After Thanksgiving you usually have the pleasant problem of what you are going to do with the leftovers. Usually, I make mulligatawny. This year Jan asked for turkey tacos.
Author Archives: karllueck
This is a simplified variation of the turkey I made two years ago. It produces a really moist bird and a savory stuffing that was well worth repeating. It also has the advantage of roasting in under two hours—true it does not produce a Norman Rockwell turkey, but flavor and convenience over presentation!
A meat and carbohydrates heavy Thanksgiving dinner calls for at least one green vegetable side. This year, I decided on Brussels sprouts, one of Jan’s favorites. However, being a holiday meal I wanted something more than just plain steamed sprouts.
About once a week we have what we call “deli dinner”—smoked salmon or lox, bread, cheeses, and salads. We usually get most of the ingredients for this meal from La Villa Italian Deli. However, since it is a family run business, they close for the entire Thanksgivings Day weekend.
We made do by getting our ingredients from Whole Food‘s this week. We had some hot smoked salmon leftover and I decided to use it for lunch the next day. How do you feed three people with only one ounce of fish? I decided to mix it with an avocado and some chives that I had remaining from making Thanksgiving dinner. Avocado toast makes a great lunch when paired with a green salad. Continue reading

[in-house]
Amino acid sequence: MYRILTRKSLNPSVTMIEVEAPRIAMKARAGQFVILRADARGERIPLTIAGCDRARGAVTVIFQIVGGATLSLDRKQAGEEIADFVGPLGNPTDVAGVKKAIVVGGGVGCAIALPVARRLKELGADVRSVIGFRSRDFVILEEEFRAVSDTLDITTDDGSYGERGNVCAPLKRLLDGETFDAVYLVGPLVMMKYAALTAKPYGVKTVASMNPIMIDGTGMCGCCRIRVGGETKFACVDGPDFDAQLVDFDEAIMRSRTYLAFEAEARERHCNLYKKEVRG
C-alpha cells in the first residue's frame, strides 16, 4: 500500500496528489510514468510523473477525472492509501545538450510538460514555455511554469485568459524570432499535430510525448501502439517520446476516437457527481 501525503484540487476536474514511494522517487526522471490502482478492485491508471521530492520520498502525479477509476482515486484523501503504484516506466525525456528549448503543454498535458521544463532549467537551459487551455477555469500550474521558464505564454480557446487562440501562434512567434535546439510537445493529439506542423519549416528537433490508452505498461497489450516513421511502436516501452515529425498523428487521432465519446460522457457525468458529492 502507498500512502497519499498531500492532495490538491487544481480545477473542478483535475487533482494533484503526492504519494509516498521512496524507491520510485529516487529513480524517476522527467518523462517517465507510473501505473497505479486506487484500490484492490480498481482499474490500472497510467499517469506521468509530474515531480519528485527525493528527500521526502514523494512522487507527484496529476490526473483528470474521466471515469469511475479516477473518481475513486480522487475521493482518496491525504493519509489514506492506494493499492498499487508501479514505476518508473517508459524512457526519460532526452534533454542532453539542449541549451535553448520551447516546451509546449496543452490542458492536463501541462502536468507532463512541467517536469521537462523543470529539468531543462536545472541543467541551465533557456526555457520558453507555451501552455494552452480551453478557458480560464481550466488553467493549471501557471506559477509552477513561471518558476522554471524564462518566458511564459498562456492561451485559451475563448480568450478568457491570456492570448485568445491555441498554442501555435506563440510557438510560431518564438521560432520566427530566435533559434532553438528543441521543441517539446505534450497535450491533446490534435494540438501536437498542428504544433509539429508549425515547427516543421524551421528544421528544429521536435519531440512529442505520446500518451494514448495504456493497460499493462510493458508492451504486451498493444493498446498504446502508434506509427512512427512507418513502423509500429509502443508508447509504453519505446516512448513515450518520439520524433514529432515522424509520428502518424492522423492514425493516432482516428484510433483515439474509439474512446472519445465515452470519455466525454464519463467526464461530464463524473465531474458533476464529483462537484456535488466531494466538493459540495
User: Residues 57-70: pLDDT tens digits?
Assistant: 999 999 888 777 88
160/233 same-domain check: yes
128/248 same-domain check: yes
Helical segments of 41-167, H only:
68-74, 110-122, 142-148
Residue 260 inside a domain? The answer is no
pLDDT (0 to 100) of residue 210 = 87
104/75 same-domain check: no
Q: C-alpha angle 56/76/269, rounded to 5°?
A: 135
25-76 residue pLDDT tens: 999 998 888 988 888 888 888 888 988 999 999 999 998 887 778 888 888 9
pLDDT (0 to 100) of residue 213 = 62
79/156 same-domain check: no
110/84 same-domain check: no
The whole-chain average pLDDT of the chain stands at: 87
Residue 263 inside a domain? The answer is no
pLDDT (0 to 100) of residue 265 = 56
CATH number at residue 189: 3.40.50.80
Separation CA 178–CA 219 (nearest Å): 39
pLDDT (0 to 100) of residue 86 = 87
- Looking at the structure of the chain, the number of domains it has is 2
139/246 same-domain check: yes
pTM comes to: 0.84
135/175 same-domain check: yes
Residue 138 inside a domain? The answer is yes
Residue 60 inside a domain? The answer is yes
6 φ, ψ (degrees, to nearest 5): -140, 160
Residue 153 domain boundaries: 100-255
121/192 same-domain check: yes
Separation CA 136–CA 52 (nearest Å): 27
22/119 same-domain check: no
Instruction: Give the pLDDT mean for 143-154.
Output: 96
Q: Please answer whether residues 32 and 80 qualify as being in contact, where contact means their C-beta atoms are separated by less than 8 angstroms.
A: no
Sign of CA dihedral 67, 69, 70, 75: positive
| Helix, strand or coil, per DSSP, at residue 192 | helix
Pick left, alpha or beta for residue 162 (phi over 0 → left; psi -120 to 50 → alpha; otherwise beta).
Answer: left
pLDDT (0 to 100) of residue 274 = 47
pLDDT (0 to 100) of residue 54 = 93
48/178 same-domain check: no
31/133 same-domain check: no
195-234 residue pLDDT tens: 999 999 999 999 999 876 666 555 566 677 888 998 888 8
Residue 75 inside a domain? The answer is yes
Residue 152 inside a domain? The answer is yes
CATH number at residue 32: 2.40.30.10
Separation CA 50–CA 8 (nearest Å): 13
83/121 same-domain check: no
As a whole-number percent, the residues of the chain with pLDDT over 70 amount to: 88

Note: This recipes for Xiao Long Bao is very complex, basically an article—10 pages—rather than a post. Jan and daughter Miriam suggest that blog readers generally do not like such long posts. This recipe is actually four recipes in one, so I will post three of these as separate posts with an introductory and concluding post. For my readers who do not mind reading a long post, I will also post the entire article separately.
Since it is impossible to pour hot soup into a raw piece of dough, there had to be a trick to making these soup filled buns. The secret is to turn the soup into aspic—a meat jelly. Many of the “quick” recipes call for using powdered gelatin. The more traditional recipes call for boiling pig skin for hours to break down its collagen to make the gelatin. If you are using this technique, it is advisable to begin making the soup the day before you plan to make these dumplings.
The most of the fillings, I found, for XLBs were fairly standard for Chinese dumplings. Pork or pork combined with shrimp with the usual set of seasonings—ginger, green onion, salt, soy sauce, and a touch of sugar. This is not to say that than you cannot make chicken or vegetarian versions of this dish.